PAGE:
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Uncultivated Part One ( Opium Lettuce)

Posted by Rina Veltkamp on

I want people to understand where our food came from and how important it is for us to keep diversity on our plant. 

In this series i am going to take about the most common produce plant we get at the grocery store and who there wild ancestors are and where they where breed from. 

Todays blogs is all about lettuce and its wild ancestry Opium Lettuce.   

Prickly Lettuce, Lactuca Serriola L., a native to the Mediterranean region is. The plant is sometimes called wild lettuce, China lettuce or compass plant because the leaves on the main stem are held vertically in a north-south plane, perpendicular to direct sunlight. (1)

Wild Lettuce can be taken as a cough suppressant for dry irritable unproductive coughs, such as whooping cough.

 The herb has similar actions to that of Opium Poppy but is weaker in effect. It has a calming action on the nervous system making it useful for the treatment of insomnia and restlessness. Its pain relieving actions can be applied to digestive cramping and pain, menstrual cramps, and general body aches and pains. (2)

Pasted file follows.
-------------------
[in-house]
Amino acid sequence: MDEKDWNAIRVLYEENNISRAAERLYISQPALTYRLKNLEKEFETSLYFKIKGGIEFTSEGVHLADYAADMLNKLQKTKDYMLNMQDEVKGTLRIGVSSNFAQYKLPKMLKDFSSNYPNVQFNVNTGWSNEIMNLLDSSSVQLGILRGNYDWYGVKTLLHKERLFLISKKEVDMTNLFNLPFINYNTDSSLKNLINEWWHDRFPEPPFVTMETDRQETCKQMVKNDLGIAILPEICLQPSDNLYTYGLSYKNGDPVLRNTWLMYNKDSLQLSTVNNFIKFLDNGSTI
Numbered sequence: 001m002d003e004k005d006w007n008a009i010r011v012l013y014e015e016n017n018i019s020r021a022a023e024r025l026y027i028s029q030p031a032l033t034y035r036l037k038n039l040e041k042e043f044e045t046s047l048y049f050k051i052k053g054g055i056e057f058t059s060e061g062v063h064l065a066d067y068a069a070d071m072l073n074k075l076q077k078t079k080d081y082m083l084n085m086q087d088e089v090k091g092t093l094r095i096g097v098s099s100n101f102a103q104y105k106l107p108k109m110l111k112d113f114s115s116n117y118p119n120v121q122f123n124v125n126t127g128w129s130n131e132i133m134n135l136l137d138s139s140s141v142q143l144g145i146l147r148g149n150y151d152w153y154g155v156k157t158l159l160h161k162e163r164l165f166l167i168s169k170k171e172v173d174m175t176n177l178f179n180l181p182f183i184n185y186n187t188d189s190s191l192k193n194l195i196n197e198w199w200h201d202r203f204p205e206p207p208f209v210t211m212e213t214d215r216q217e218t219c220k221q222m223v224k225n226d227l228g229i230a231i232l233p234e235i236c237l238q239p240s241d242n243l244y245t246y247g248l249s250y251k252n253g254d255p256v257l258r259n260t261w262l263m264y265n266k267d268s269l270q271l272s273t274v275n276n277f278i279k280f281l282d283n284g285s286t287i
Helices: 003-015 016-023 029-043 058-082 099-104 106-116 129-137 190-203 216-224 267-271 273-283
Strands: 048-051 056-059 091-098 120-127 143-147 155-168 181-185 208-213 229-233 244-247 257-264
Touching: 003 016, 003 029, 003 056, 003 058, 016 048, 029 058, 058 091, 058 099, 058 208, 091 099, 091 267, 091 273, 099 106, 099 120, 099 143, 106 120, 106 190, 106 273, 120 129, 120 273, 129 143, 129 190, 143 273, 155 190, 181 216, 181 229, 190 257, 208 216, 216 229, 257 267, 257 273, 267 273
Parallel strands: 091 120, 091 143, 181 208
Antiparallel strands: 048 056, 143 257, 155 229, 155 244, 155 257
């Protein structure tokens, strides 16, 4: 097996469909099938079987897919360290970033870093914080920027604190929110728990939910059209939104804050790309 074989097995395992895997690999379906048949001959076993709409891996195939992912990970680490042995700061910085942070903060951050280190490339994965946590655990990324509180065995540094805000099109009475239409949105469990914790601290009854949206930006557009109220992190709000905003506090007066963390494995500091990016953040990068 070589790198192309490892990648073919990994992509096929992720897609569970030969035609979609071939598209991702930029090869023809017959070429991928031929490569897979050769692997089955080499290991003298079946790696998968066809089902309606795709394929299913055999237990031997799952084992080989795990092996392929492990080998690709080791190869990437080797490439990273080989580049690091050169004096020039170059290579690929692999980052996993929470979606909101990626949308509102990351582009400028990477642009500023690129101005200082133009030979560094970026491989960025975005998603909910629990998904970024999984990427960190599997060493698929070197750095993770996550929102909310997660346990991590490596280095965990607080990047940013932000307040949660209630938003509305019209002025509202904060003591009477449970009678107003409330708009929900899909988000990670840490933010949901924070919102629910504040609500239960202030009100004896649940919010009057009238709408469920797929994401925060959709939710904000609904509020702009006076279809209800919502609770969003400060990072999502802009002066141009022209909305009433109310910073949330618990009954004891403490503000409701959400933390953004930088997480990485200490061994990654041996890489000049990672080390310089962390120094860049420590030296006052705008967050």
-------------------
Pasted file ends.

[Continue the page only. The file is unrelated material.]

Opium Lettuce, another common names for Wild Lettuce harkens to the milky latex substance that exudes when the plant is broken, which was prepared as a substitute for Opium in the 1900’s by physicians. A preparation from wild lettuce was described in the United States Dispensatory of 1898. Although the prepared latex resin from the plant is purported to have some of the same properties as opium, the effects are much more mild and it is not chemically related to any of the opiate drugs. (3)

How was this interesting plant used as the starter for breeding the lettuces we buy at the grocery stores? 

The wild predecessor of our modern lettuce, Lactuca serriola, can still be seen all over Europe and the more temperate parts of Asia. It is likely that it originated on the Mediterranean rim on rocky wasteland or woodland clearings. 

This ancient wild relative of the modern lettuce contains lactucarium, a narcotic similar to opium. The Romans took advantage of this property by eating lettuce at the end of a meal to induce sleep.

With the vast number of lettuce cultivars in existence, it is near impossible to pin-point their exact origins. Certainly both the Roman and Egyptian lettuce continued to be eaten long after the two great civilizations started to decline. Many may have hybridised with the wild type serriola to make the modern sativa. (3)

One of the best ways to use this plant is to make a tincture out of it. Could be used like the Romans as a sleep aid or a way to relax after meals, 



Prickly Lettuce is best used as a fresh plant tincture as its medicine is contained in the latexy innards of the stem. This latex degrades when drying. To make a tincture of prickly lettuce harvest the top of the plant (approximate the top 12 inches)  before it has started to flower and on a sunny day. Immediately processes the plant into a tincture. (4)






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